A federal judge has ruled against students who argued that Indiana University's requirement for students and staff to receive COVID vaccines violates both state law and the Constitution. Judge Damon Leichty declined to block the mandate, saying the "balance of harms and the public interest favor Indiana University," Politico reports. This appears to be the first ruling upholding a university's COVID vaccine mandate, the New York Times notes. The IU policy requires students and staff to be fully vaccinated before the start of the fall semester. The university will recognize medical and religious exemptions, but unvaccinated students and staff will be require to continue wearing masks and socially distancing, reports the South Bend Tribune. The requirements are only in effect for the fall semester.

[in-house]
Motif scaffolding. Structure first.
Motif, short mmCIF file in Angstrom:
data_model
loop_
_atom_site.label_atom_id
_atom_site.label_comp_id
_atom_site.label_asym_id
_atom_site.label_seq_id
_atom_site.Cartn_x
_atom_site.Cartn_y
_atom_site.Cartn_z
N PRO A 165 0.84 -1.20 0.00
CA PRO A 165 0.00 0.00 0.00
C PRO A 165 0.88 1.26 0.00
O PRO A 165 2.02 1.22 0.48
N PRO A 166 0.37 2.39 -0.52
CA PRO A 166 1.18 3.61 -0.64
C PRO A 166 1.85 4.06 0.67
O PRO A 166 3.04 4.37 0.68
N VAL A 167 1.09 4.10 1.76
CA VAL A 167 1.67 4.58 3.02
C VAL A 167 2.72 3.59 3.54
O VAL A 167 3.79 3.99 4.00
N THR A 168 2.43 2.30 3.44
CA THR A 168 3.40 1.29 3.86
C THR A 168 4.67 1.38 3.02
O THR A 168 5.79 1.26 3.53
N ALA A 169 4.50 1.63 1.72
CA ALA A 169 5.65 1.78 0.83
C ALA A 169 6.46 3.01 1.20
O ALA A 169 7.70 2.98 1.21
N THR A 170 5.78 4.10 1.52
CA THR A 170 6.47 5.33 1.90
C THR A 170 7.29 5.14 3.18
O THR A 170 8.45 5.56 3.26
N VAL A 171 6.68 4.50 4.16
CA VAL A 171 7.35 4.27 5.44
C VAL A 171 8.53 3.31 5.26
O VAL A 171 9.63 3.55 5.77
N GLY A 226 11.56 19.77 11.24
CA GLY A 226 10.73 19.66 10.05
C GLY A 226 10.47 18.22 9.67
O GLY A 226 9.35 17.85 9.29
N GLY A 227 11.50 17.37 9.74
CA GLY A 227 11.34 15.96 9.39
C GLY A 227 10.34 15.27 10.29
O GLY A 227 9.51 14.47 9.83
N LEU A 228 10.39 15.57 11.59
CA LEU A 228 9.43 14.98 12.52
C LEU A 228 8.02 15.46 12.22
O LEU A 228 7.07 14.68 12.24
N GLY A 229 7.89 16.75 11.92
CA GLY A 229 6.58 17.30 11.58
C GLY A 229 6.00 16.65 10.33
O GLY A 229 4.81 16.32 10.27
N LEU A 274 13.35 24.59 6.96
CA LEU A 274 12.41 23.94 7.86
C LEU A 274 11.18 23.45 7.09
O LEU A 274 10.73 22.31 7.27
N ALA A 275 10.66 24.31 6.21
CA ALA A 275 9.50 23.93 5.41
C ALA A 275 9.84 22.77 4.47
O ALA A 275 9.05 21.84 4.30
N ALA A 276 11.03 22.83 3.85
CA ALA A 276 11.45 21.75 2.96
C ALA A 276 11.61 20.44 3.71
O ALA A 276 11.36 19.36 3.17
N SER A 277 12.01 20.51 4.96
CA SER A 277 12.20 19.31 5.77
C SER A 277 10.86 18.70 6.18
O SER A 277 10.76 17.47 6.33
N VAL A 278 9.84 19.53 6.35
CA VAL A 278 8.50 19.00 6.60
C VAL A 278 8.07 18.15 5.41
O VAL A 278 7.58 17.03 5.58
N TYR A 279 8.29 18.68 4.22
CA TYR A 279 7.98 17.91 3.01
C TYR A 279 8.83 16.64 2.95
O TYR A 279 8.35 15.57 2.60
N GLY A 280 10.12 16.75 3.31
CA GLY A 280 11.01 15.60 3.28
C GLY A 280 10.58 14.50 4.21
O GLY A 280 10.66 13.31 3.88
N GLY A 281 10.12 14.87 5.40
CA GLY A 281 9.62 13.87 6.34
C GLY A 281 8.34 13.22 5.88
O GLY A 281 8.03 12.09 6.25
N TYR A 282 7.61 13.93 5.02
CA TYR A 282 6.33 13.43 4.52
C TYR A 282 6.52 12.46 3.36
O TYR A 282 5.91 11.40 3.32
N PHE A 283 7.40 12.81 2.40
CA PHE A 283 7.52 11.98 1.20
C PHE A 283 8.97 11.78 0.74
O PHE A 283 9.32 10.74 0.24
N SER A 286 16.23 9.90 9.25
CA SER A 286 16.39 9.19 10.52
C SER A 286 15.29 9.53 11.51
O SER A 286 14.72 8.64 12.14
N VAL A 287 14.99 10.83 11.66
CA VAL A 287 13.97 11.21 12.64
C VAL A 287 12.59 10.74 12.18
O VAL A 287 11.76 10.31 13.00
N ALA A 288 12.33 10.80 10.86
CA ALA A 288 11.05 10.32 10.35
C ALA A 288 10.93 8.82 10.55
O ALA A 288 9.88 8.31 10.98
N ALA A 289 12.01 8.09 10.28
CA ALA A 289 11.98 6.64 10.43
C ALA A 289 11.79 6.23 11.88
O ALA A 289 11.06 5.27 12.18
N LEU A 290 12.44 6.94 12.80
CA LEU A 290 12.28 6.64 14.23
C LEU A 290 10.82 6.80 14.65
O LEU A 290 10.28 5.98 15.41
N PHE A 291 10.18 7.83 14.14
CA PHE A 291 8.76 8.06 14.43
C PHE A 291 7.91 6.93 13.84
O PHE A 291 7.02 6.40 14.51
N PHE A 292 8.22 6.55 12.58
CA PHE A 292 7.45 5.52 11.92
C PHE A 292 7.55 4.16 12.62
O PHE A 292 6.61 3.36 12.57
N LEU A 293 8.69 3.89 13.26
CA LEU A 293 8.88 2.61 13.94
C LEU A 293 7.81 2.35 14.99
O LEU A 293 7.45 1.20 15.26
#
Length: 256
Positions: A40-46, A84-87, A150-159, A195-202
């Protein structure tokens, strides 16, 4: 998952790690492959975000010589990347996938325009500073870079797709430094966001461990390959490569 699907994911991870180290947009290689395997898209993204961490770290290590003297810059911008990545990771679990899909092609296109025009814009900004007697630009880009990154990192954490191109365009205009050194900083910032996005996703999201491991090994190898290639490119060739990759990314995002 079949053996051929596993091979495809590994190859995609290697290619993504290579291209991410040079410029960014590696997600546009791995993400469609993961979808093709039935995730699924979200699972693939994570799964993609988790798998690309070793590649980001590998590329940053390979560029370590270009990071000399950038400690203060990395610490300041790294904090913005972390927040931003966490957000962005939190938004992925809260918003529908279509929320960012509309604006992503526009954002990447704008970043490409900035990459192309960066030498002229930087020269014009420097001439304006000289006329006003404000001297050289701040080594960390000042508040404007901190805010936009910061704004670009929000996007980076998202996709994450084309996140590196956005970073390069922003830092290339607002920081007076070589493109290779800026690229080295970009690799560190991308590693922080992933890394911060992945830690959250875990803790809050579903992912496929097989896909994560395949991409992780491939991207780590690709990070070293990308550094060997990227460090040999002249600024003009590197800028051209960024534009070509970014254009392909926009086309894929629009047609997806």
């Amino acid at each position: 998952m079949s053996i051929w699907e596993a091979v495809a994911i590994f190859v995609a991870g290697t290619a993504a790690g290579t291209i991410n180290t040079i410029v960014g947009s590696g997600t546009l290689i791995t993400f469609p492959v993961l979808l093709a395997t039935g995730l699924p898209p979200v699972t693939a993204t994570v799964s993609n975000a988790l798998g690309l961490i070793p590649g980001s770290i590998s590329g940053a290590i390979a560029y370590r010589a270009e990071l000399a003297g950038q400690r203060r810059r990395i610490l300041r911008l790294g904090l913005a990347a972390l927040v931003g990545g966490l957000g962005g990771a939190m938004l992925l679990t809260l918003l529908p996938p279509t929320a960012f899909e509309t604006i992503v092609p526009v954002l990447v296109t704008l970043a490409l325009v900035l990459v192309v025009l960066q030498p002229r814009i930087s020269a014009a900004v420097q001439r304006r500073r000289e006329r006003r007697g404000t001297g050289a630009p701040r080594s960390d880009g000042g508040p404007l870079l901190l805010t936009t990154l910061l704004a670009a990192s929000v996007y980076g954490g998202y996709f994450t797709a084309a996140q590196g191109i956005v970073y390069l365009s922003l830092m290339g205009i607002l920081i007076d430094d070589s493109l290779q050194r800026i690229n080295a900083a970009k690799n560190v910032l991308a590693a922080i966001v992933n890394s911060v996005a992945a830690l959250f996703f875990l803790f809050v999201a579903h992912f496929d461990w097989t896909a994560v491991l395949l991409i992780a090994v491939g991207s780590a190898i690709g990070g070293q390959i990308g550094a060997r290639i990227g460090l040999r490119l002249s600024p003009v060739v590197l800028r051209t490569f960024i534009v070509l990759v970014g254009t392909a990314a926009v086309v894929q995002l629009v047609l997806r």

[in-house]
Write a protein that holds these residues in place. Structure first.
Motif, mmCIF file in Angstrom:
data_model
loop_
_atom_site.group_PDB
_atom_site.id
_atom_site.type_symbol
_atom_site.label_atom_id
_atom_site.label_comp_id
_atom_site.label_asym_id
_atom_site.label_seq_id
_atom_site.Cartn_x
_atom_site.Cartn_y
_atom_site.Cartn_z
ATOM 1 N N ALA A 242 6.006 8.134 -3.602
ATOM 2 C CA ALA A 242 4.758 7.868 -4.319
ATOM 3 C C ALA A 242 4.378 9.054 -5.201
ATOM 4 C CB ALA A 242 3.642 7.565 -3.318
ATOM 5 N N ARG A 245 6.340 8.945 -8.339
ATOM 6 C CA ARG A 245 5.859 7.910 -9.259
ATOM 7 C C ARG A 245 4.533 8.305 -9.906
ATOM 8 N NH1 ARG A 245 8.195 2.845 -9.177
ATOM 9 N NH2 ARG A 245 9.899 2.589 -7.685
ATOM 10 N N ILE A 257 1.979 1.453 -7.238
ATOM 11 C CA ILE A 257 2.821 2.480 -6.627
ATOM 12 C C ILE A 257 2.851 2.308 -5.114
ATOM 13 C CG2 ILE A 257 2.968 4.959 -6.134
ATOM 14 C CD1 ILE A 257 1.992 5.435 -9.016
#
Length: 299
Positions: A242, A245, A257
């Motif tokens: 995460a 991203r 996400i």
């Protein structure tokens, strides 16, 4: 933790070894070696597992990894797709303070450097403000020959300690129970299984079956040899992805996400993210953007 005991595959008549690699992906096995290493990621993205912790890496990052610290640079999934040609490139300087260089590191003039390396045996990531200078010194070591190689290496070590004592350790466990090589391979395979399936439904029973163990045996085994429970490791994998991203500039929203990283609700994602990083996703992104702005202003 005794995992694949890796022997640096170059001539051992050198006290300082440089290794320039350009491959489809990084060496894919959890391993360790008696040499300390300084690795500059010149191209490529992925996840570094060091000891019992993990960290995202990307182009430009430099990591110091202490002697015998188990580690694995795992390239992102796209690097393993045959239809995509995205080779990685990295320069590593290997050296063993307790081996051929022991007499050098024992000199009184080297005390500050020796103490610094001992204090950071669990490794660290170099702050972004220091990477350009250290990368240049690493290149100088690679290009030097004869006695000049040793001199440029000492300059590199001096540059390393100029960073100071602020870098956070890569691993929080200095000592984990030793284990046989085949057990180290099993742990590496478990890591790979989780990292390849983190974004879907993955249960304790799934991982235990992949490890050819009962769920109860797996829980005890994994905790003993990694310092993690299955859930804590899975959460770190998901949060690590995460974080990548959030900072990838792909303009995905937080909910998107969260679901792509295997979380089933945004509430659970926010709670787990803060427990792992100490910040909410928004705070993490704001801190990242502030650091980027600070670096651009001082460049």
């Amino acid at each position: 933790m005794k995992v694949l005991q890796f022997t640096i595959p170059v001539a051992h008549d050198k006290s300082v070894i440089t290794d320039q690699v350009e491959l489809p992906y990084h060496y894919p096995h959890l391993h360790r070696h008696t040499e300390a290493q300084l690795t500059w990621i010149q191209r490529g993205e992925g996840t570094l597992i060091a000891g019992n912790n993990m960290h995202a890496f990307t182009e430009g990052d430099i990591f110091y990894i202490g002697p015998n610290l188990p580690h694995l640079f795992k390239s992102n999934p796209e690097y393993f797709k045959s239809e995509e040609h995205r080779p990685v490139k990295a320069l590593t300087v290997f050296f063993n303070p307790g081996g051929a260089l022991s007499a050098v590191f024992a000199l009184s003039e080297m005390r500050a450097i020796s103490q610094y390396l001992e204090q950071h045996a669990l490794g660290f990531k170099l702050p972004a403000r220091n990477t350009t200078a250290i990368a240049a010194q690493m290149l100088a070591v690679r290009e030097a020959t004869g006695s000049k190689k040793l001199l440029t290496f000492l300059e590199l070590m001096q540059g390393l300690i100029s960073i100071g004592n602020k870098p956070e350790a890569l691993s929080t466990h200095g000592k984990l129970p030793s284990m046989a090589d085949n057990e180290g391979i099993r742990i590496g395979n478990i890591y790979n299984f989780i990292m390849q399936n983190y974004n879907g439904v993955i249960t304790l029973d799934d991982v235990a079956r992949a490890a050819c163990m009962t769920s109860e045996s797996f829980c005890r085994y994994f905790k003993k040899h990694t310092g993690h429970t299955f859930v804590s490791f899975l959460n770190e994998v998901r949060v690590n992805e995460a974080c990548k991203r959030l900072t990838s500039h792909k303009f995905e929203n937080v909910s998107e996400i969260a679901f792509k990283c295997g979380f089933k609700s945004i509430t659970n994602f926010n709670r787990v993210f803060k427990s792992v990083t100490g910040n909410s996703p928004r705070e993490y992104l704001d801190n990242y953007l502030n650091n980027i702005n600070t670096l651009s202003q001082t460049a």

The students' reasons for opposing both the vaccine and masks ranged from religious objects to a belief masks caused acne, the judge noted. James Bopp Jr., a lawyer for the eight student plaintiffs—six of whom have already received exemptions—argued that the vaccine mandate is the "government forcing you to do something that you strenuously object to and have your body invaded in the process." He said an appeal would be funded by the conservative anti-vaccine group America's Frontline Doctors. The judge acknowledged that students opposed to the mandate may face a "hard choice," but said the Fourteenth Amendment "permits Indiana University to pursue a reasonable and due process of vaccination in the legitimate interest of public health for its students, faculty, and staff." (Read more coronavirus vaccine stories.)